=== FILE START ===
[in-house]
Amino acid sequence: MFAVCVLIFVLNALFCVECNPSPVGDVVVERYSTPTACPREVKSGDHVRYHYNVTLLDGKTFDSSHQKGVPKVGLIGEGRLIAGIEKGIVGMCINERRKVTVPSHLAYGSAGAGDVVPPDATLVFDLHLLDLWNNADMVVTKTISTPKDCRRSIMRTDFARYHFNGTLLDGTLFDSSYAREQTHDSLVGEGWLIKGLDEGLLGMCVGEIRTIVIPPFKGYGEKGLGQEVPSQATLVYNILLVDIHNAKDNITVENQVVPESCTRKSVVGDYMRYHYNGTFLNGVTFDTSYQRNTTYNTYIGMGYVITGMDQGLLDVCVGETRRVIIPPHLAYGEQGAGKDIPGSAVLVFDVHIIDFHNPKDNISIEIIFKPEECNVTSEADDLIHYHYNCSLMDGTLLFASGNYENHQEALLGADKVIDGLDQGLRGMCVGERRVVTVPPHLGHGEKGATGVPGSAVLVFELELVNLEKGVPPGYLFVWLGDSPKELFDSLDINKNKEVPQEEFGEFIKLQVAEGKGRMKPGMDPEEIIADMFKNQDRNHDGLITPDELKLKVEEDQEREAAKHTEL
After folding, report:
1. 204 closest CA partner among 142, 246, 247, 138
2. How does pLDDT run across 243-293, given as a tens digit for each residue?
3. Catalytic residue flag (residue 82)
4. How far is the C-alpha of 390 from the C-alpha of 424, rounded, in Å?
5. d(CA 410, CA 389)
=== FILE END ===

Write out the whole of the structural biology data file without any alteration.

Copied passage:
[in-house]
Amino acid sequence: MFAVCVLIFVLNALFCVECNPSPVGDVVVERYSTPTACPREVKSGDHVRYHYNVTLLDGKTFDSSHQKGVPKVGLIGEGRLIAGIEKGIVGMCINERRKVTVPSHLAYGSAGAGDVVPPDATLVFDLHLLDLWNNADMVVTKTISTPKDCRRSIMRTDFARYHFNGTLLDGTLFDSSYAREQTHDSLVGEGWLIKGLDEGLLGMCVGEIRTIVIPPFKGYGEKGLGQEVPSQATLVYNILLVDIHNAKDNITVENQVVPESCTRKSVVGDYMRYHYNGTFLNGVTFDTSYQRNTTYNTYIGMGYVITGMDQGLLDVCVGETRRVIIPPHLAYGEQGAGKDIPGSAVLVFDVHIIDFHNPKDNISIEIIFKPEECNVTSEADDLIHYHYNCSLMDGTLLFASGNYENHQEALLGADKVIDGLDQGLRGMCVGERRVVTVPPHLGHGEKGATGVPGSAVLVFELELVNLEKGVPPGYLFVWLGDSPKELFDSLDINKNKEVPQEEFGEFIKLQVAEGKGRMKPGMDPEEIIADMFKNQDRNHDGLITPDELKLKVEEDQEREAAKHTEL
After folding, report:
1. 204 closest CA partner among 142, 246, 247, 138
2. How does pLDDT run across 243-293, given as a tens digit for each residue?
3. Catalytic residue flag (residue 82)
4. How far is the C-alpha of 390 from the C-alpha of 424, rounded, in Å?
5. d(CA 410, CA 389)